She bakes cookies. She hunches over the oven, my mom, watching them rise, the cookies, through the dark black tinting of the door. She has the light on, the little light that she sometimes lets me turn on if I get the stool, my stool from the bathroom and reach way up on tip toes to flip it with my finger. She smiles when I do this. She smiles when I do most things. She smiles.

MOTHERFUCKER. He drops a screw from the air-conditioner that is going in our window, the big one in our family room. He takes it out and puts it in every year, and every year I can remember he drops a screw from out of his mouth or his fingertips, trying to hold the metal box and the window half-opened and my mom baking cookies. He doesn’t want help. He never wants help. My dad is stubborn is why, my mom says, HE IS STUBBORN IS ALL. He drops another or the same one again: MOTHERFUCKING COCKSUCKER.

He says the fox is on stilts, my dad, when it passes by the place we are looking. We are up on a step, mom dad son, and we are watching past the edge of bushes, watching the fox on stilts walking circles around this thing, this rectangle. THE FOX ON STILTS and I say YEP. THE FOX ON STILTS.

Because I wanted to once, I asked if I could help, if he needed help, my dad bouncing the air-conditioner on his jeans, creasing his leg, making a kind of cut in his thigh, and even with his lips full of screws and his face sweating, his eyebrows soaked, he still managed to get it out: GODDAMN IT JONAH IF YOU’D QUIT FUCKING TALKING TO ME I’D HAVE THIS THING IN BY NOW.

Sometimes I back away from him like he is on fire. Like his head is flames and if I stand too close or breath in the wrong way my lungs might catch fire too, my hair. Like his clothes are smoking or firing up and I need to keep an eye on it even while I get back, backing away. Sometimes I back away.

A FOX ON STILTS my mom puts in there too, because she wants to join, she wants to rub the place on my back between my shoulder blades where it gives me goose-bumps.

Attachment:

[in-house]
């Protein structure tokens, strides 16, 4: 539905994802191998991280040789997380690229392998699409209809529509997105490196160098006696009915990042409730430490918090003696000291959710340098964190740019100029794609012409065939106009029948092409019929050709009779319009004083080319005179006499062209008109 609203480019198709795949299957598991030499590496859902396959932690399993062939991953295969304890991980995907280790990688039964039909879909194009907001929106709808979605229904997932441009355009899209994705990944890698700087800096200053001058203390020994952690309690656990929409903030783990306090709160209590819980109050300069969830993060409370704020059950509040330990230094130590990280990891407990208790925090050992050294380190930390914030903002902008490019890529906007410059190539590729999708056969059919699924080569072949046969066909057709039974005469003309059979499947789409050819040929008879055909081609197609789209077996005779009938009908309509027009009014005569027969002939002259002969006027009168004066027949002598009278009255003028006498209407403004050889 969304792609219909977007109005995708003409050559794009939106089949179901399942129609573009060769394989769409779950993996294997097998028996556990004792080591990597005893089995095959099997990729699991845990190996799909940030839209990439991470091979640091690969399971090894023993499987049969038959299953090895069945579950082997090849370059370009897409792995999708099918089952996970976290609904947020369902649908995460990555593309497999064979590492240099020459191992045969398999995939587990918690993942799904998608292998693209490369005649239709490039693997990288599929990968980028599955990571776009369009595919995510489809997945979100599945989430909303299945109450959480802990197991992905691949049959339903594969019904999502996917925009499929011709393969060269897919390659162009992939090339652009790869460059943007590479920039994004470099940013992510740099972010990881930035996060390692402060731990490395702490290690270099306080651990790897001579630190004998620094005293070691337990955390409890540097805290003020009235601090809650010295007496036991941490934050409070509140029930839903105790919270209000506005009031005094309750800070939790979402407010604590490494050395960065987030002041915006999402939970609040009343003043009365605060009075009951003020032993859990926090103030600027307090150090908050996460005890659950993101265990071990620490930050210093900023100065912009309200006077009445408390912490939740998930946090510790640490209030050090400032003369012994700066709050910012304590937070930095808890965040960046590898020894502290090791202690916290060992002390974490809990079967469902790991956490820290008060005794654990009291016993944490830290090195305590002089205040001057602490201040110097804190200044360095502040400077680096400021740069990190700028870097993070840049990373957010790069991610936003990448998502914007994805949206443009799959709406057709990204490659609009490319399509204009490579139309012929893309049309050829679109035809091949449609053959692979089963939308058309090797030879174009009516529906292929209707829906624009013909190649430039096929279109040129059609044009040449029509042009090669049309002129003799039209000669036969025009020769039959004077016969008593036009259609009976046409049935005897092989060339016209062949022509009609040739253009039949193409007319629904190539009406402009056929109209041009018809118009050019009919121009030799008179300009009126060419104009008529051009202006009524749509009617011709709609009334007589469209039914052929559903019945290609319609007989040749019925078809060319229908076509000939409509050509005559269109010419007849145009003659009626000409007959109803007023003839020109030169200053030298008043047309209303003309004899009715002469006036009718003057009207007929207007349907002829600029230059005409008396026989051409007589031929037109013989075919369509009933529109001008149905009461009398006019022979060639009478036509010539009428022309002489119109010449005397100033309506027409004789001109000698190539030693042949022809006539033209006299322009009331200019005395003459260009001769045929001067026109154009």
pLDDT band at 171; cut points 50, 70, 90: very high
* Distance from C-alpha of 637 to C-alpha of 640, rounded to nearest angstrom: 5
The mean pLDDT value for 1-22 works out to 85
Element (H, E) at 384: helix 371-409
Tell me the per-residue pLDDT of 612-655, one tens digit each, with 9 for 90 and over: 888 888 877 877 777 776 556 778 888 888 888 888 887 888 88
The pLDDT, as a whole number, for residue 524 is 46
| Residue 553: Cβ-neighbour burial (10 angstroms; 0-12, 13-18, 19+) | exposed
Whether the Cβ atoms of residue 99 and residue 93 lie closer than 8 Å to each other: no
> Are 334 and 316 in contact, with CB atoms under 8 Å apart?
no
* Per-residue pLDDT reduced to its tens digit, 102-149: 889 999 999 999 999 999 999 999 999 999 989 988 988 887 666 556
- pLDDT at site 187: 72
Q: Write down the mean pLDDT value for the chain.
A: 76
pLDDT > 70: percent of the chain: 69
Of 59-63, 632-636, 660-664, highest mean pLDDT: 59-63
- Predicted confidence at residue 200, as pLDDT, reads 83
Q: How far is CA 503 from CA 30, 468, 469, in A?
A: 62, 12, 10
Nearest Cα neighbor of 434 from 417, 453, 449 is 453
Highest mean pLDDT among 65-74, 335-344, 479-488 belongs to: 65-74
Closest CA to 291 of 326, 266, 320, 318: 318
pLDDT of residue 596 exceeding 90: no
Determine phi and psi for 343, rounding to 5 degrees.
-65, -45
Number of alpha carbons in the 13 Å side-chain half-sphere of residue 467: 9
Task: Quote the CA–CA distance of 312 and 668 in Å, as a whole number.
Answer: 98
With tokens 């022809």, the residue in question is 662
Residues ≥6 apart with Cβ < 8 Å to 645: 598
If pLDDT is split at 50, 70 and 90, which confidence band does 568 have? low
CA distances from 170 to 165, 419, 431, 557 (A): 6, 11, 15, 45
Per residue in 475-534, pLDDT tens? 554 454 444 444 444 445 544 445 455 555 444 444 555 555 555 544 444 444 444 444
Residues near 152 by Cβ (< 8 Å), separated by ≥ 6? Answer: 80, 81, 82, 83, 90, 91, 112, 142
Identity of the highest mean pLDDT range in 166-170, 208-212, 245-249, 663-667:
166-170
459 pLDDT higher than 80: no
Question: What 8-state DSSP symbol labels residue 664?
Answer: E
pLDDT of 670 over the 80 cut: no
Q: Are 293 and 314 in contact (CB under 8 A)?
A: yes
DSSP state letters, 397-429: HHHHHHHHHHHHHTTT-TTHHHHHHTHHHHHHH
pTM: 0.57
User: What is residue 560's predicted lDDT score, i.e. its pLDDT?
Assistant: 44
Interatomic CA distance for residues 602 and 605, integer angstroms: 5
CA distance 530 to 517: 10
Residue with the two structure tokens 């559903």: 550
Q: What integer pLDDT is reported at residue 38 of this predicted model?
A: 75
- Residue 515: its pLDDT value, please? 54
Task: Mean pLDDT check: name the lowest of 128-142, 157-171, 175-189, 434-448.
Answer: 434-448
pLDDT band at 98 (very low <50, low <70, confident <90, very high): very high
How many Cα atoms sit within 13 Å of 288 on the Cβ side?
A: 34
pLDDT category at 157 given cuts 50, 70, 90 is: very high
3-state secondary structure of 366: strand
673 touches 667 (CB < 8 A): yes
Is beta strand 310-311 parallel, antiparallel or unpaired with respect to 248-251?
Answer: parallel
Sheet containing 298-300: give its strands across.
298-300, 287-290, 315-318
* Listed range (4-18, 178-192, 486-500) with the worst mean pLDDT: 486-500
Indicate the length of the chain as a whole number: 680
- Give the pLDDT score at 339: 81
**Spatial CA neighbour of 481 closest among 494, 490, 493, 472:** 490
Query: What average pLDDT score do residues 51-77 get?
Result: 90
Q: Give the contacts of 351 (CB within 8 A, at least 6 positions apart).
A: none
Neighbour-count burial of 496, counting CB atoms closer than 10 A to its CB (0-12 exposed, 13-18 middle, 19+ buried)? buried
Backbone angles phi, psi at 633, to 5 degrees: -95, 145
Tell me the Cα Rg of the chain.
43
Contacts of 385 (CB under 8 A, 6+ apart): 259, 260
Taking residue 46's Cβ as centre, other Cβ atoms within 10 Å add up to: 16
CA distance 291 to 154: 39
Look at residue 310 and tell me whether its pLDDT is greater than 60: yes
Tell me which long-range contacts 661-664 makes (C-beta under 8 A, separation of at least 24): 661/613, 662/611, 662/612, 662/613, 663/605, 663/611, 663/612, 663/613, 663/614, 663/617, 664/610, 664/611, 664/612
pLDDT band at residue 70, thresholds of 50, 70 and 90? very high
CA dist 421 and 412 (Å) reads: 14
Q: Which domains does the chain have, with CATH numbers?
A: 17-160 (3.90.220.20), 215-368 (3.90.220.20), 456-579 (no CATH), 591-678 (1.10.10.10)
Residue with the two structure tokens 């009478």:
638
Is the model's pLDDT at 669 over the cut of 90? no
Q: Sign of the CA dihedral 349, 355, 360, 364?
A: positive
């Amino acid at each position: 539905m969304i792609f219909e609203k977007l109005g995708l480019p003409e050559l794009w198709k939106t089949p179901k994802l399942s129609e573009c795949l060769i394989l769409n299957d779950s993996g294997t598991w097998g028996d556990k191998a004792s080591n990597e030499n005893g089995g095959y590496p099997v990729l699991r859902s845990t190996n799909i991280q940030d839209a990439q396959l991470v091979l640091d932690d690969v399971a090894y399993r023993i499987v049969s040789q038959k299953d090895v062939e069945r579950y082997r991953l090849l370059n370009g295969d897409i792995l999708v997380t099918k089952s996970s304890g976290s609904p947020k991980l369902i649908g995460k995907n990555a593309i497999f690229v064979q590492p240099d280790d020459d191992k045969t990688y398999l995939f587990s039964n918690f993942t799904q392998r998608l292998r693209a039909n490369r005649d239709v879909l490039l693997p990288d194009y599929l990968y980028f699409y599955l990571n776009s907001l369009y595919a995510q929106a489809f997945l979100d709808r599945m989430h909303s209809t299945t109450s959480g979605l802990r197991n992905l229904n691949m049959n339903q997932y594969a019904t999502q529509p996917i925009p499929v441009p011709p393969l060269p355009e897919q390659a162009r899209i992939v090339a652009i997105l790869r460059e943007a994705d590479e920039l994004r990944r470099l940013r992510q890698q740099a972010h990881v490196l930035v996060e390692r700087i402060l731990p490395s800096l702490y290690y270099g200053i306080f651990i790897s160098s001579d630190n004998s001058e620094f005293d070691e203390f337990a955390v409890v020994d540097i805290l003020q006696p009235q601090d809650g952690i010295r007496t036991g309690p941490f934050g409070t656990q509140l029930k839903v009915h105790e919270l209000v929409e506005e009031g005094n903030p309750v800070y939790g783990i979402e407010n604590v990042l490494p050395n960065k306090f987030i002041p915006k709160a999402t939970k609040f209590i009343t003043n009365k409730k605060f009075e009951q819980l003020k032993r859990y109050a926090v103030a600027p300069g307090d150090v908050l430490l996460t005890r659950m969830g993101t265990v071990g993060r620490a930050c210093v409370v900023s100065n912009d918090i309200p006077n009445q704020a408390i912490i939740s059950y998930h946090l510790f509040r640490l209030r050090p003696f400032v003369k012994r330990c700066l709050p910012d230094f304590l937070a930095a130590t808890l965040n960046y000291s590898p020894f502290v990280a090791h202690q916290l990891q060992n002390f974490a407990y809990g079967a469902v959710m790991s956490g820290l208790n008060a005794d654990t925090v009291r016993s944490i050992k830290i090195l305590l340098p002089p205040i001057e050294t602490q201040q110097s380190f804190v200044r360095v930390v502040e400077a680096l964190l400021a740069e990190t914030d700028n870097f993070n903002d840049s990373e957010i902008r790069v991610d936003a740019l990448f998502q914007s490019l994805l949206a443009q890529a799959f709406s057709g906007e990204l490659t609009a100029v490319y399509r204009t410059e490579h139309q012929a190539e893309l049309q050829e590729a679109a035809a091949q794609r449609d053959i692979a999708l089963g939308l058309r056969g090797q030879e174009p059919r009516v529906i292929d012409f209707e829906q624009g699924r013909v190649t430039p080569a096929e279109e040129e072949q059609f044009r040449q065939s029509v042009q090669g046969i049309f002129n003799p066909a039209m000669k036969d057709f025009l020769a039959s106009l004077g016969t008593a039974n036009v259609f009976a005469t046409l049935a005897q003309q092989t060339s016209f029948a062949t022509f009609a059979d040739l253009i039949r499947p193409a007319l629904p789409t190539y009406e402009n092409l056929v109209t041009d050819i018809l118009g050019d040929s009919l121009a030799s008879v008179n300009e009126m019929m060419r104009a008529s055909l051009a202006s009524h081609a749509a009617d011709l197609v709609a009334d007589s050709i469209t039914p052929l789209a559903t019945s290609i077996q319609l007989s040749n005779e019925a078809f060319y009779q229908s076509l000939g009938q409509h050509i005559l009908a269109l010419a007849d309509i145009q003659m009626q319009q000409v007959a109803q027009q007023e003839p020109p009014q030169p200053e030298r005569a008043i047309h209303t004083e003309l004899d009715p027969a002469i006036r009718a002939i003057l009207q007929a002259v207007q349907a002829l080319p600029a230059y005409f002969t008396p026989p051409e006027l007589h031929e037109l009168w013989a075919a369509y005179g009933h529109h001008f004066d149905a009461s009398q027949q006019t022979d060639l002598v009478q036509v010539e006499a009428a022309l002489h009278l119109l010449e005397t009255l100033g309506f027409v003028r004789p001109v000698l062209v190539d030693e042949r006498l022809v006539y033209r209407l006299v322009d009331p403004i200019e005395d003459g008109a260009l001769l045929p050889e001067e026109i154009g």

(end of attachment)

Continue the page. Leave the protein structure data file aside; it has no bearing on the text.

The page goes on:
She lets me if I want to help with the cookies, she doesn’t say MOTHERFUCKER or COCKSUCKER. She sits on her kitchen chair beside the oven and pats her thigh like I belong. And when I put my head into her neck, into where her hair sometimes is down and touching the gold chain on her, the heart necklace, I smell cookies, like she is a cookie, my mom. My eyes looking down with hers into the dark of the oven, the little light bulb in there burning, my thumb and finger pulling and turning the heart on her gold chain. YOU’RE A COOKIE she says to me and I smile where she can’t see me, with my head down and my eyes looking into the heat.

SMELLS LIKE A SKUNK my dad says and pretends to check the sign, to read, DOES THIS THING SAY IT’S A SKUNK FOX. IT STINKS LIKE SHIT. And I smile there too and want to help him, my stubborn dad, even with the screws in his mouth and the weight on his thighs. YEAH I say, SMELLS LIKE SHIT. JONAH my mom says like I shouldn’t say shit, but my dad smiles and it makes me better, feel more right. WELL IT DOES I say, and the fox on stilts comes back by again, another pass, another lap, not graceful and stinking.